If you receive an EEOC charge….Be Careful!

DZNPS employed many electricians at its power station in Waterford, CT. One of them, GM, filed a Charge with the EEOC alleging discrimination on the basis of disability, in that DZNPS failed to accommodate his disability, and terminated his employment. During its investigation, the EEOC requested contact information for approximately 146 individuals who worked, or had worked, for DZNPS at that location.

Before providing the requested information, DZNPS sent a letter to the 146 individuals, which included the following: GM’s name; the fact that he had filed a Charge of discrimination based on disability; the medical restrictions that he had; the accommodation that he had requested; and an advisement that the individuals had the right to refuse to speak with the EEOC, or have DZNPS’s attorney present if they chose to speak with the EEOC.

The EEOC then filed a lawsuit alleging that by sending the letter, DZNPS illegally retaliated against GM for filing the Charge, and illegally interfered with him, and the 146 other individuals, in the exercise of their rights to communicate with the EEOC and participate in the investigation.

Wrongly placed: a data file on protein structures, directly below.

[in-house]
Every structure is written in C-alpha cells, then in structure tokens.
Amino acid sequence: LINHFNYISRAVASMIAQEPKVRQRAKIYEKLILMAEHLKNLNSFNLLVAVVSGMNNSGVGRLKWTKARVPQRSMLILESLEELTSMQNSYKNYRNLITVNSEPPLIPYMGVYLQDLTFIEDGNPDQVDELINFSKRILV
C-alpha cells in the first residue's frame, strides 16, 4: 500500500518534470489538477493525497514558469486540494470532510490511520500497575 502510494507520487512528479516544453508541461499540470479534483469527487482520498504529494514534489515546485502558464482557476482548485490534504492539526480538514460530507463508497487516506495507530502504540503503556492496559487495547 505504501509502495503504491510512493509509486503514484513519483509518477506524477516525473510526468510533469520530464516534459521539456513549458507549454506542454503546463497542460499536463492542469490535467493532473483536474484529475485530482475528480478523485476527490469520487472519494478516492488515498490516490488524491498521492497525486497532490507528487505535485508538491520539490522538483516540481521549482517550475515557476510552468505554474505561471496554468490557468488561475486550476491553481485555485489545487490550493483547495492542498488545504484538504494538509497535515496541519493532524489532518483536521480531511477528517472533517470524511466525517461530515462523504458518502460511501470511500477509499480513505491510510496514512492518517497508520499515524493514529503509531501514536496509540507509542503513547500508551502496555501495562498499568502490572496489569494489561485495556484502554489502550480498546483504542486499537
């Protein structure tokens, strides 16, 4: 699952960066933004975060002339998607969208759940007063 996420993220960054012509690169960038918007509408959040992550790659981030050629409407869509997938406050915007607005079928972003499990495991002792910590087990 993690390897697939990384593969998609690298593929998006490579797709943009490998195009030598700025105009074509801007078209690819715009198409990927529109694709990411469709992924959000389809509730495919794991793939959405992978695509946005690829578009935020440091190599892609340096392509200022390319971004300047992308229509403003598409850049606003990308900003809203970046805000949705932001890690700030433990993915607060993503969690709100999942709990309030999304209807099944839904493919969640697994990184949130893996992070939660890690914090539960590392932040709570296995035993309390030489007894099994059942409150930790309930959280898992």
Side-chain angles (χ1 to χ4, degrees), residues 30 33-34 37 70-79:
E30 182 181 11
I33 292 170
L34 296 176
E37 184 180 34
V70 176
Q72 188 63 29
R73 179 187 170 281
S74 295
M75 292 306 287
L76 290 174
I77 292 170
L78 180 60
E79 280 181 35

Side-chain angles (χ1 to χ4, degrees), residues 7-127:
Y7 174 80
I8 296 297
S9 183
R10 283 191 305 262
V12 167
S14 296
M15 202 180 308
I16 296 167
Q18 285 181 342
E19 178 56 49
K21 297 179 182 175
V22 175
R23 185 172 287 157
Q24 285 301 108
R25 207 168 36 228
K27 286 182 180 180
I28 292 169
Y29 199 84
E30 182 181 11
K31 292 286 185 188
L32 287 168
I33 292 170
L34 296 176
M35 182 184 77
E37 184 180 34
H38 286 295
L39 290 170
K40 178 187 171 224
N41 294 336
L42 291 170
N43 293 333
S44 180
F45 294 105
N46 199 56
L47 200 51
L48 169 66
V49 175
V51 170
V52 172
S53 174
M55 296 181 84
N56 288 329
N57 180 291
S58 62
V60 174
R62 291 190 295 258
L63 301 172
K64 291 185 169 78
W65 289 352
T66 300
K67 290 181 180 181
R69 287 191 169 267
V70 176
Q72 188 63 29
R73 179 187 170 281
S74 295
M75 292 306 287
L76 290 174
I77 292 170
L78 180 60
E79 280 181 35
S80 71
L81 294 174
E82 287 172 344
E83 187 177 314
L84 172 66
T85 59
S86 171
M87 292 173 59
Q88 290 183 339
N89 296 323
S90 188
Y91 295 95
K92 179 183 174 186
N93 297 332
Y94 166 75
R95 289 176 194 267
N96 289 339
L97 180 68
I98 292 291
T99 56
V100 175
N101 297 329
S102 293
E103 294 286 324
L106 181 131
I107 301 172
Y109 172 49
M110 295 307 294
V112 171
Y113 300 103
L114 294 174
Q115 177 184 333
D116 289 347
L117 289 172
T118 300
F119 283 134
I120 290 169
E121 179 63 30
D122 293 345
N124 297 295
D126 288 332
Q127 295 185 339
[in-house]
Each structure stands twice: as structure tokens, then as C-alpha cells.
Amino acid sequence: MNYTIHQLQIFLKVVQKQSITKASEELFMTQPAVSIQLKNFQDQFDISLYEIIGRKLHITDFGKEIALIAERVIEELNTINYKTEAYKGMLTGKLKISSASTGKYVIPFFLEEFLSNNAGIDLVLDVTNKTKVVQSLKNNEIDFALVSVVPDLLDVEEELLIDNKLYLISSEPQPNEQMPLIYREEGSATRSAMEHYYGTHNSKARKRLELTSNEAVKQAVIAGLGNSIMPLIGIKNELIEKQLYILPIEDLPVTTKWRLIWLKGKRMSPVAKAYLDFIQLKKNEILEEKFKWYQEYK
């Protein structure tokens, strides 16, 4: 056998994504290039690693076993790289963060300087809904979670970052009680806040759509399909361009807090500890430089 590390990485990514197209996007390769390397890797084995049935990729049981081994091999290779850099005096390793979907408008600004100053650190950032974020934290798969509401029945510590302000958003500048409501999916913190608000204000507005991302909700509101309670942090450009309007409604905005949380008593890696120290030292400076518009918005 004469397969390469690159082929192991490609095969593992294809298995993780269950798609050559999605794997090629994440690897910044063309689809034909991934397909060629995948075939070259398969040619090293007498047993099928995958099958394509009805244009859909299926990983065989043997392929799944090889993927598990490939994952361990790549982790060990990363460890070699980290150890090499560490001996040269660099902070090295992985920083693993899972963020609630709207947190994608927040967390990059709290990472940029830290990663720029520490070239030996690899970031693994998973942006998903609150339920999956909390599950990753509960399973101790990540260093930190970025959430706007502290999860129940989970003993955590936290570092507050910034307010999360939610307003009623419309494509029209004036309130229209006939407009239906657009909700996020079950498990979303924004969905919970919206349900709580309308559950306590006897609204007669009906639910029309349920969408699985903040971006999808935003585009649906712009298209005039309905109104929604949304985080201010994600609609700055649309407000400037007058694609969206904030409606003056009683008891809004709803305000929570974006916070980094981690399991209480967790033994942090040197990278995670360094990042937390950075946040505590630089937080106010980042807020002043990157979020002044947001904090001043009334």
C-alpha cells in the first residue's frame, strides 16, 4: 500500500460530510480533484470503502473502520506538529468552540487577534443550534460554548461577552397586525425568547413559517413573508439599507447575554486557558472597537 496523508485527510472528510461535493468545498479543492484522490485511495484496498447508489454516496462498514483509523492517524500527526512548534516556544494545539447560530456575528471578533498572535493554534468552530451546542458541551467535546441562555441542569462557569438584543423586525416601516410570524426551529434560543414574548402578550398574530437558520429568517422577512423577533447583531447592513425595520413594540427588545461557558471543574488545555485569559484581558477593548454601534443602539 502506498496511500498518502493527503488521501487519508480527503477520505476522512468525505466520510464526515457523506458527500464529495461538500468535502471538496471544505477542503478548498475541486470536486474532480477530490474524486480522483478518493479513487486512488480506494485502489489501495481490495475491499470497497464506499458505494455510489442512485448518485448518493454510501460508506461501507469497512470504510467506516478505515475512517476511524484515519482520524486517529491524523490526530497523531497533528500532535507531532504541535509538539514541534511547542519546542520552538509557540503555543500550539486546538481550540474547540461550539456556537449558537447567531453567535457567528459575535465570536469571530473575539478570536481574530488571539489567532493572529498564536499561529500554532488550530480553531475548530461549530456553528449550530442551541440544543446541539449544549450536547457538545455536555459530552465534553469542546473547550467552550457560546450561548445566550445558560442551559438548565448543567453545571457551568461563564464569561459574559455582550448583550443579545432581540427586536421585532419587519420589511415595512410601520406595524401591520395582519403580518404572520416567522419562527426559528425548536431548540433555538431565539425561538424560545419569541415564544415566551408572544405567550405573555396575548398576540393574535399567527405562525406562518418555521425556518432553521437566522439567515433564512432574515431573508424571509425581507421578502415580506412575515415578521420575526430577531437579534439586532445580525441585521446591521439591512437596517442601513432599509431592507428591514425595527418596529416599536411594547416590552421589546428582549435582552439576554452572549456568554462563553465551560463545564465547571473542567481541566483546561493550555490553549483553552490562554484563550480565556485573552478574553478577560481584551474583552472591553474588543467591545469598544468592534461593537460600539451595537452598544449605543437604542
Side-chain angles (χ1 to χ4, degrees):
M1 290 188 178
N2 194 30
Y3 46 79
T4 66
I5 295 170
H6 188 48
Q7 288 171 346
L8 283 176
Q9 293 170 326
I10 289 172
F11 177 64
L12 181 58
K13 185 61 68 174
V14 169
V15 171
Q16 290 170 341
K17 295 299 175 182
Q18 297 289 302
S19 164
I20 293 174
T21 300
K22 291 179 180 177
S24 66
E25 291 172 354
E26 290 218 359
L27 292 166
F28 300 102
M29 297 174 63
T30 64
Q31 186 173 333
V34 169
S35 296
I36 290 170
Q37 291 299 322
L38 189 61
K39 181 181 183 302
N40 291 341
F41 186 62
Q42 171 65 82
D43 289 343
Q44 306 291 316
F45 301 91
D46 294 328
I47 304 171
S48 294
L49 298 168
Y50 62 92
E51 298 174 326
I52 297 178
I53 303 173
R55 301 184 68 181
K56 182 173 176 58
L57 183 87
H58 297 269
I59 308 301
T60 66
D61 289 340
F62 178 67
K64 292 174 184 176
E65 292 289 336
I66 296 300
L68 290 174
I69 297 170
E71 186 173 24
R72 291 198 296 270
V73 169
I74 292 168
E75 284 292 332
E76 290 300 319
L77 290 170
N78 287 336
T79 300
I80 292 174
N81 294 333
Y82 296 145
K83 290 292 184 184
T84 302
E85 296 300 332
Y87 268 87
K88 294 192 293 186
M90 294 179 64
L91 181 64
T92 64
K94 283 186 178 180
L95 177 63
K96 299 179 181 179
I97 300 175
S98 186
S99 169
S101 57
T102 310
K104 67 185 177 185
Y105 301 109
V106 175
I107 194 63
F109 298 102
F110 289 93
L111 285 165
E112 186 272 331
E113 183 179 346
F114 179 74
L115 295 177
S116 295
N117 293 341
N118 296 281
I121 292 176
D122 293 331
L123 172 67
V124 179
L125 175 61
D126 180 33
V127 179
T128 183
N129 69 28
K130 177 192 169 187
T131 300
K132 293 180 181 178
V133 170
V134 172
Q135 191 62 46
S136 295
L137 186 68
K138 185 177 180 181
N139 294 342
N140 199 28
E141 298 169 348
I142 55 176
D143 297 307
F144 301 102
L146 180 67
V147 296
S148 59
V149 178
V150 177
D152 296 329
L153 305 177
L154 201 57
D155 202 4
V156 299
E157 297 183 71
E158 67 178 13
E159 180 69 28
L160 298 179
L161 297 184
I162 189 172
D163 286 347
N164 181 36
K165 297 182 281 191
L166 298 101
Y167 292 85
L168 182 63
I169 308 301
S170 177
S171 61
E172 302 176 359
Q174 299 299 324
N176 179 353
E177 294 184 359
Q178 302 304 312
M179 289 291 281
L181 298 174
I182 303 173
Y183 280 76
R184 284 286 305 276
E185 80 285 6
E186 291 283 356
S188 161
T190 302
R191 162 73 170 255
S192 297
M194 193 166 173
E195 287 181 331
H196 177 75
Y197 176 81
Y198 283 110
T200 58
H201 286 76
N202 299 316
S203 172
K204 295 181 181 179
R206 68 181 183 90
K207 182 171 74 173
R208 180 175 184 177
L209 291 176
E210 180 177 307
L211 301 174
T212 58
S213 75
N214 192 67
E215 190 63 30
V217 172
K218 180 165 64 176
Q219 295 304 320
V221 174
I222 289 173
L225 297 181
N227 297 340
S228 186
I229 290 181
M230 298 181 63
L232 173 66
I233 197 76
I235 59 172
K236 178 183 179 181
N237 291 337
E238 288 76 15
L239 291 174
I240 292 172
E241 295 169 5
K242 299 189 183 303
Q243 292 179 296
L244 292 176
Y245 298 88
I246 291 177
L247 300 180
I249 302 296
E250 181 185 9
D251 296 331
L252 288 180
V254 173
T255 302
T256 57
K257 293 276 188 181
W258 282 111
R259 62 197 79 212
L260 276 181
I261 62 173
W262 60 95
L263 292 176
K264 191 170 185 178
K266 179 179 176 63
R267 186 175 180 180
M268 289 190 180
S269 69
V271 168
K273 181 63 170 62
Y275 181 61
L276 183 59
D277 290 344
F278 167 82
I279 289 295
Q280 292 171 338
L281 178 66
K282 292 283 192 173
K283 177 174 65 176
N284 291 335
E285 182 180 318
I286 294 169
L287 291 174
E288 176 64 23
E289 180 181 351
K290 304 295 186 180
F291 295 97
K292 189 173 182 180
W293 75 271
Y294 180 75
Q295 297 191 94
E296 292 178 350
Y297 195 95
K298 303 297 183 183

DZNPS attempted to have the suit dismissed, but the court refused to do so. With respect to the retaliation claim, the court said that sending the letter with all of GM’s identifying information to his colleagues could be found by a jury to be an adverse employment action, and that the letter was sent because GM filed the original Charge. On the illegal interference claim, the court said that a jury could reasonably find that the letter could have the effect of interfering with or intimidating GM and the letter’s recipients with respect to communicating with the EEOC.

This is an example of how an employer can find itself on the wrong end of a retaliation claim that started as a Charge of discrimination. Many times, the underlying discrimination claim fails, but the retaliation claim is allowed to proceed independently because of some action the employer took after receiving the initial claim of discrimination. Our experts have experience with EEOC Charges.

By |2017-10-04T13:58:46+00:00October 5th, 2017|Human Resources|0 Comments

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